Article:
The March Job Openings and Labor Turnover Survey (JOLTS) data released this morning by the Bureau of Labor Statistics showed a labor market stuck in neutral. Job openings declined by 111,000, and the number of hires and separations also dropped, by 74,000 and 28,000, respectively.
In her analysis, EPI economist Heidi Shierholz explains that the current low number of voluntary quits indicates that job opportunities remain scarce and employed workers, particularly young workers, are therefore much less able to quit the job they have and find one that pays better or more closely matches their skills and interests. In 2006, nearly 3 million workers voluntarily quit their jobs each month. That dropped to a low of 1.6 million in August 2009. It has since been generally increasing, but it is still extremely low relative to before the Great Recession, and progress is bumpy and slow. In March, the number of voluntary quits held steady (increased by 1,000) at 2.5 million, nearly 17 percent below its prerecession level.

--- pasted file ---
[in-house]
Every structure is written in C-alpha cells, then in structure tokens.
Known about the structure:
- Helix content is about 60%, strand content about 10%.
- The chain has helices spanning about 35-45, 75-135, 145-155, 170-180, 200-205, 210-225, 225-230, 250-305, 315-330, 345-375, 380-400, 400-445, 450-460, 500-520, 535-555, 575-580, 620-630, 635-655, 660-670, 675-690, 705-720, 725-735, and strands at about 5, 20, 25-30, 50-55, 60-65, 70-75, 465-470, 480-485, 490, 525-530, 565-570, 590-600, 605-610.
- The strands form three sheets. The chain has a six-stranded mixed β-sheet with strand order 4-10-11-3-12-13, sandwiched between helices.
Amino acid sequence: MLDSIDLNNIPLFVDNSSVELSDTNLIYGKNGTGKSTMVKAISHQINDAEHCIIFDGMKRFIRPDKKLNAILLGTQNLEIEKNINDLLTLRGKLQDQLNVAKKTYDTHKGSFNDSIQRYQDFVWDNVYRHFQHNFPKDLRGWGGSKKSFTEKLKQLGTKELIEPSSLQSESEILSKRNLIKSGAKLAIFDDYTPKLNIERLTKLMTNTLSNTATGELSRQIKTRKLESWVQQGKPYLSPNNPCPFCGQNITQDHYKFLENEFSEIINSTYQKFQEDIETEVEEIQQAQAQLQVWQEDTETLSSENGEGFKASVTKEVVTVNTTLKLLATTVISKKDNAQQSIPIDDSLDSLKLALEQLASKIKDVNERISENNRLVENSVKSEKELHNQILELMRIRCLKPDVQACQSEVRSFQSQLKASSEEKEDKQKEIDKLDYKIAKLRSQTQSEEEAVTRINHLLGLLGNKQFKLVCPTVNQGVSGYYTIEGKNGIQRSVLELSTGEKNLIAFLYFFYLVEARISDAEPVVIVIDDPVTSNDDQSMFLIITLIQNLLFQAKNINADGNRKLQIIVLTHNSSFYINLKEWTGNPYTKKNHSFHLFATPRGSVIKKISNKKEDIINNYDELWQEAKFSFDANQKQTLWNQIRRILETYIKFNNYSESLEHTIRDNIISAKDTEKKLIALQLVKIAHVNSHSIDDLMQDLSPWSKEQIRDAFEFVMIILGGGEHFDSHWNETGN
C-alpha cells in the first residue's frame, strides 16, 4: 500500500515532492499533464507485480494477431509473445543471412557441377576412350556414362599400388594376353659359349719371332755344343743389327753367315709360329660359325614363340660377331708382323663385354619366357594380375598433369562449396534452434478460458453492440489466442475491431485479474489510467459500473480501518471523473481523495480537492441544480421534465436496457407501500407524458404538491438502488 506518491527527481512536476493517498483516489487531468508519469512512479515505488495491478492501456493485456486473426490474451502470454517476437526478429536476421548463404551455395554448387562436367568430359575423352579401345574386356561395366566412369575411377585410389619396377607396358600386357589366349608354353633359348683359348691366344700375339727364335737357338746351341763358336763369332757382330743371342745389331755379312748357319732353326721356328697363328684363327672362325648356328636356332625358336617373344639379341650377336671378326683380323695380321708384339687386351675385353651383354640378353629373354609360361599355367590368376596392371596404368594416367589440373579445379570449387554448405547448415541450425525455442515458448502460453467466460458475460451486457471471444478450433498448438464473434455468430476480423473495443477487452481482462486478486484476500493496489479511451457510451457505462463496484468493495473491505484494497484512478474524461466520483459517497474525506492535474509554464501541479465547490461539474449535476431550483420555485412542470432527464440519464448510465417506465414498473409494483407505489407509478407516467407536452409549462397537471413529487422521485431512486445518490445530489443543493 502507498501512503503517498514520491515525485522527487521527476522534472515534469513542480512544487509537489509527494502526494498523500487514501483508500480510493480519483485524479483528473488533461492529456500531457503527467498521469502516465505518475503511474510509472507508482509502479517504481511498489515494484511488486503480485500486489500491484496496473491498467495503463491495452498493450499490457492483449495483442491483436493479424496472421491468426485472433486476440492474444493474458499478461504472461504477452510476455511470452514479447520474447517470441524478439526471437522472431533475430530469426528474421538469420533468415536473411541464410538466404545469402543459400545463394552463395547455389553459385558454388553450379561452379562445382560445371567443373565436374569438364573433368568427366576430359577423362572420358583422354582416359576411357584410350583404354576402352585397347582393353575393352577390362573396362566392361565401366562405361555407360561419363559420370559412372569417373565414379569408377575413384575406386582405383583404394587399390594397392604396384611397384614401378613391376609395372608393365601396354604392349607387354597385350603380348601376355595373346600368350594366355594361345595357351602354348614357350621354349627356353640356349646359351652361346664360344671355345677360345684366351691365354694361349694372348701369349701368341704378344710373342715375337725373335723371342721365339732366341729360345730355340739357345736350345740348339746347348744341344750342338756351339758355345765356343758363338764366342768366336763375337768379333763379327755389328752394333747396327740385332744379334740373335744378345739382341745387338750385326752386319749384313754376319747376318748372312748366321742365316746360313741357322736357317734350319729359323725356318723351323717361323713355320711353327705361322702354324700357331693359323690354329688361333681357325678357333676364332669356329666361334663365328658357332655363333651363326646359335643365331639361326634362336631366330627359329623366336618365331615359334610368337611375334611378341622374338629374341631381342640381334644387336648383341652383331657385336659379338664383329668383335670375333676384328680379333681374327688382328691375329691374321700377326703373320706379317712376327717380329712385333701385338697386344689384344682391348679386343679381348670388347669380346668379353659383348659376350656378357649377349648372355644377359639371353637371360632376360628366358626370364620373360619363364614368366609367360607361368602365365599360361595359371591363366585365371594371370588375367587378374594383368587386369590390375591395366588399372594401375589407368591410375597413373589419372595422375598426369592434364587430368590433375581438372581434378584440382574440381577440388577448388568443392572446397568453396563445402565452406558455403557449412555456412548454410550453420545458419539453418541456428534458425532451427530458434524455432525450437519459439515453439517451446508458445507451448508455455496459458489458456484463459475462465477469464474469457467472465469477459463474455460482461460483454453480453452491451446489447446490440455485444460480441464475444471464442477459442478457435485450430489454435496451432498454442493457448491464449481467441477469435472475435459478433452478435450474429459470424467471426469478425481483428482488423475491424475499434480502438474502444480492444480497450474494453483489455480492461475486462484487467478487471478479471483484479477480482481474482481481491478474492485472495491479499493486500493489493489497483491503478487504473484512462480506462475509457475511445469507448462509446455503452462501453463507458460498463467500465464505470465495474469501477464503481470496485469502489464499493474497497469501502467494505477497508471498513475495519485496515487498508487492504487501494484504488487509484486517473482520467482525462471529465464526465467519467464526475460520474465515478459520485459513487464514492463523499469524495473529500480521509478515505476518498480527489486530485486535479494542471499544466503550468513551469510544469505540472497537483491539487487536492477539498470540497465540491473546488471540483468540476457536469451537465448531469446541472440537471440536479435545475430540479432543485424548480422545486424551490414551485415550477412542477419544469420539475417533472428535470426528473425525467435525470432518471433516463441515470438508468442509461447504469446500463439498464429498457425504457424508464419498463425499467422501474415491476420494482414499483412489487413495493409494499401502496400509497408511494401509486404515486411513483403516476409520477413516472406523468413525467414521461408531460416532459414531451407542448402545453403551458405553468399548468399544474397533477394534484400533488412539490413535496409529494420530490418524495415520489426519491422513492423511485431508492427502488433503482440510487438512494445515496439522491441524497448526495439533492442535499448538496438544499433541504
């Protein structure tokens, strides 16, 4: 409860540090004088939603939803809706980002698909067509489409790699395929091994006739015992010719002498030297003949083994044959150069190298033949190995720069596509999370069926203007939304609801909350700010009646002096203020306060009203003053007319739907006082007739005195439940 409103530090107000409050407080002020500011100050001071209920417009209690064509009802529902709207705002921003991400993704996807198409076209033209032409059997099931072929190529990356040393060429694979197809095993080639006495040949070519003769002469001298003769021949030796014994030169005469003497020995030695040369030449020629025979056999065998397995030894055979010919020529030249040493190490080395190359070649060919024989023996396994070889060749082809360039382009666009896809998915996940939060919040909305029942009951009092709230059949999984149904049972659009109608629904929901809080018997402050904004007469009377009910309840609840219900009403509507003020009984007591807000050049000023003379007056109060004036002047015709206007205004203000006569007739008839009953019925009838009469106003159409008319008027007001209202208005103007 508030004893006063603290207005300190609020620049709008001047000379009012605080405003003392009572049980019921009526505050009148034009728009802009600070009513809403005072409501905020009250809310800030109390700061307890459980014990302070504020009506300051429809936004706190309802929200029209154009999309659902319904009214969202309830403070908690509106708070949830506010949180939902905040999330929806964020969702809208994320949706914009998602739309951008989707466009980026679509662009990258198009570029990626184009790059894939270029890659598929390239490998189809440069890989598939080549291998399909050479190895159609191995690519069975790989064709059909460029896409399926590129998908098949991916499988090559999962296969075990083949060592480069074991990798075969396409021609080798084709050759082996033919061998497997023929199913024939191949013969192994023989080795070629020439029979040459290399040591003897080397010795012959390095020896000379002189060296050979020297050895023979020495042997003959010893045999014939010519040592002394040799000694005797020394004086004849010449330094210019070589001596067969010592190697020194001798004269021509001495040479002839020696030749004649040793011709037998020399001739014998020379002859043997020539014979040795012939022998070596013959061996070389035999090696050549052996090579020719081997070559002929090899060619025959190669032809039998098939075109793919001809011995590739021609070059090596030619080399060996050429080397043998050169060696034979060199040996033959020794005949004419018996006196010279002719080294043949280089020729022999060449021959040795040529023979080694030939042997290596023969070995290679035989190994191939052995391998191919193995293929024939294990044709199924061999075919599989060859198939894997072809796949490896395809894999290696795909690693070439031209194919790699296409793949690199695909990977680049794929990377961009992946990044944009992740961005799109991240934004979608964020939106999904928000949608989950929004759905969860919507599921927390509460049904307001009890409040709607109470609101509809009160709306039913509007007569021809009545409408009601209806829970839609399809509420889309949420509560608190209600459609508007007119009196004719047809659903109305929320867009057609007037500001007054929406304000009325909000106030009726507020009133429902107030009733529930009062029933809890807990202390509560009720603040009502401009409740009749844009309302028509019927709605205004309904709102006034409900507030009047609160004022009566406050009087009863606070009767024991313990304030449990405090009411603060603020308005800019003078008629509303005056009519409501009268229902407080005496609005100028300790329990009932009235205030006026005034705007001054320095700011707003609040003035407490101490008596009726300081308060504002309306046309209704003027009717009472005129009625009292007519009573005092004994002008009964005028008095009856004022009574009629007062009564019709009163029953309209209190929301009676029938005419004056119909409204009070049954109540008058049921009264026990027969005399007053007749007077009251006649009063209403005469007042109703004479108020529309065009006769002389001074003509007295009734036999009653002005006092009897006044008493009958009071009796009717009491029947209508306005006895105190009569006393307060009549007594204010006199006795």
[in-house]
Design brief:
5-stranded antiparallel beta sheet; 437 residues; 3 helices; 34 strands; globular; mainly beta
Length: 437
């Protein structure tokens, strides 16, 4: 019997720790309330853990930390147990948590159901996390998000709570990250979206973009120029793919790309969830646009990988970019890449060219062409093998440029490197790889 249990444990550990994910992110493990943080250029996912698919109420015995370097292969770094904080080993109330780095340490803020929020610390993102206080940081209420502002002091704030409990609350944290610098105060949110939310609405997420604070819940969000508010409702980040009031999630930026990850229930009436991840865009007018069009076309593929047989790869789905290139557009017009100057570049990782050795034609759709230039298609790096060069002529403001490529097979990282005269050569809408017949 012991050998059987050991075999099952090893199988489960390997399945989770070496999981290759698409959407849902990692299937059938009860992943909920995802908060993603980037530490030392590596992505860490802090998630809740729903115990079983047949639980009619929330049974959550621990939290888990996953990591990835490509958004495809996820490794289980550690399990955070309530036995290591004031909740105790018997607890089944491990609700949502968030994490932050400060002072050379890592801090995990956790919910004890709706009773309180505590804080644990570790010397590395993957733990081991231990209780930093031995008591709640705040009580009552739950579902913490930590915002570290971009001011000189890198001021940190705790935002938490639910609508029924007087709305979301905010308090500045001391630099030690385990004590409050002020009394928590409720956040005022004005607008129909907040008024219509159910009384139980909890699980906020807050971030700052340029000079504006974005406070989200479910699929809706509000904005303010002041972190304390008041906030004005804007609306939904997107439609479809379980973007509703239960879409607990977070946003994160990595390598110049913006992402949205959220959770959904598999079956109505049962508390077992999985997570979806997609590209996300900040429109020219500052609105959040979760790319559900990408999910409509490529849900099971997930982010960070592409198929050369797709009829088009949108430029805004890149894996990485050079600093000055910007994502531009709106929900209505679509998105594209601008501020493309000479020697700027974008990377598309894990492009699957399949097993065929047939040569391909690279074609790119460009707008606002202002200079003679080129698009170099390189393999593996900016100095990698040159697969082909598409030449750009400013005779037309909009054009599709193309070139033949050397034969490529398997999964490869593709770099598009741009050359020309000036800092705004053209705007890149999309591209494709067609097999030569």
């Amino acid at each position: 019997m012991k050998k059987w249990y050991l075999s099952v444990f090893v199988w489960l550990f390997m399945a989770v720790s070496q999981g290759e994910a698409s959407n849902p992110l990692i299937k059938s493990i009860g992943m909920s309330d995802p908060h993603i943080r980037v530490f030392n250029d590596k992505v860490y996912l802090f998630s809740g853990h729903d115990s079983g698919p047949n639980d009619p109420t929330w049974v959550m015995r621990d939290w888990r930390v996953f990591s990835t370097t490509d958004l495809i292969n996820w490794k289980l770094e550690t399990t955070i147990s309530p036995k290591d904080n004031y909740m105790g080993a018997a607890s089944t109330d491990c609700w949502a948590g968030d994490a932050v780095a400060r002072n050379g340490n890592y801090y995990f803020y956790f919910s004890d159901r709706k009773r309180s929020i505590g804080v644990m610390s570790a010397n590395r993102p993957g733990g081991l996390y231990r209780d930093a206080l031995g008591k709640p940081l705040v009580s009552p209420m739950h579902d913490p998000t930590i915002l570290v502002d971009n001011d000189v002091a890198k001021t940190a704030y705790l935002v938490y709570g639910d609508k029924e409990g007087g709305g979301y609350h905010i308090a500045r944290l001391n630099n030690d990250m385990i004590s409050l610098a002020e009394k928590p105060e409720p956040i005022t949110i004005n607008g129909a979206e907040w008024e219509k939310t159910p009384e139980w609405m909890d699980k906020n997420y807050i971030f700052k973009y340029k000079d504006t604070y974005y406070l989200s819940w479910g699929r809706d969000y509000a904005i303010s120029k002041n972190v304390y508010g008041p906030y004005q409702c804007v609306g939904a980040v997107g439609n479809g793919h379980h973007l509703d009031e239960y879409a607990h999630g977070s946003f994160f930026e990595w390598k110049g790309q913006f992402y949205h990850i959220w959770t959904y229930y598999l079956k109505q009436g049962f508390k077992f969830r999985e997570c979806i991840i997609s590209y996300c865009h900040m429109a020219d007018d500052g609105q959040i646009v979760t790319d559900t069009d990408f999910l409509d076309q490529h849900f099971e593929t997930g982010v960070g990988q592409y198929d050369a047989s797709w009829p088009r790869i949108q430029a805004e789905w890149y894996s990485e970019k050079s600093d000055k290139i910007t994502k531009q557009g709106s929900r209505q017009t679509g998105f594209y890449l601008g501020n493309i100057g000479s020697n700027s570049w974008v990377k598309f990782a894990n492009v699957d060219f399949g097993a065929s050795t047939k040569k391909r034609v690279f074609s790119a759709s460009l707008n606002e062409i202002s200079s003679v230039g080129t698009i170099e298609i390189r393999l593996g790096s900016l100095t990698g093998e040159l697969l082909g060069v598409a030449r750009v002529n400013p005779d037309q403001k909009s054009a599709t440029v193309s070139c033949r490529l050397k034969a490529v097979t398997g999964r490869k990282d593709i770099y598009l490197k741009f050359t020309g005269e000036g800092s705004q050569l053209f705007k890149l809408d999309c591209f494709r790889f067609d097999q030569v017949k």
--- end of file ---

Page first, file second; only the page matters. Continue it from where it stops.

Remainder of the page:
“While the low level of voluntary quits represents lost opportunities for workers of all ages, it illustrates a critical loss of opportunities for young workers, including new high school and college graduates, because they are more likely to be in the process of identifying their own abilities and interests and tend to change jobs more frequently than older workers as they search for a job that is a good match and that either pays more or has better potential for wage growth,” said Shierholz.
For more on the labor market prospects of young workers, see our recent paper, The Class of 2014: The Weak Economy Is Idling Too Many Young Graduates.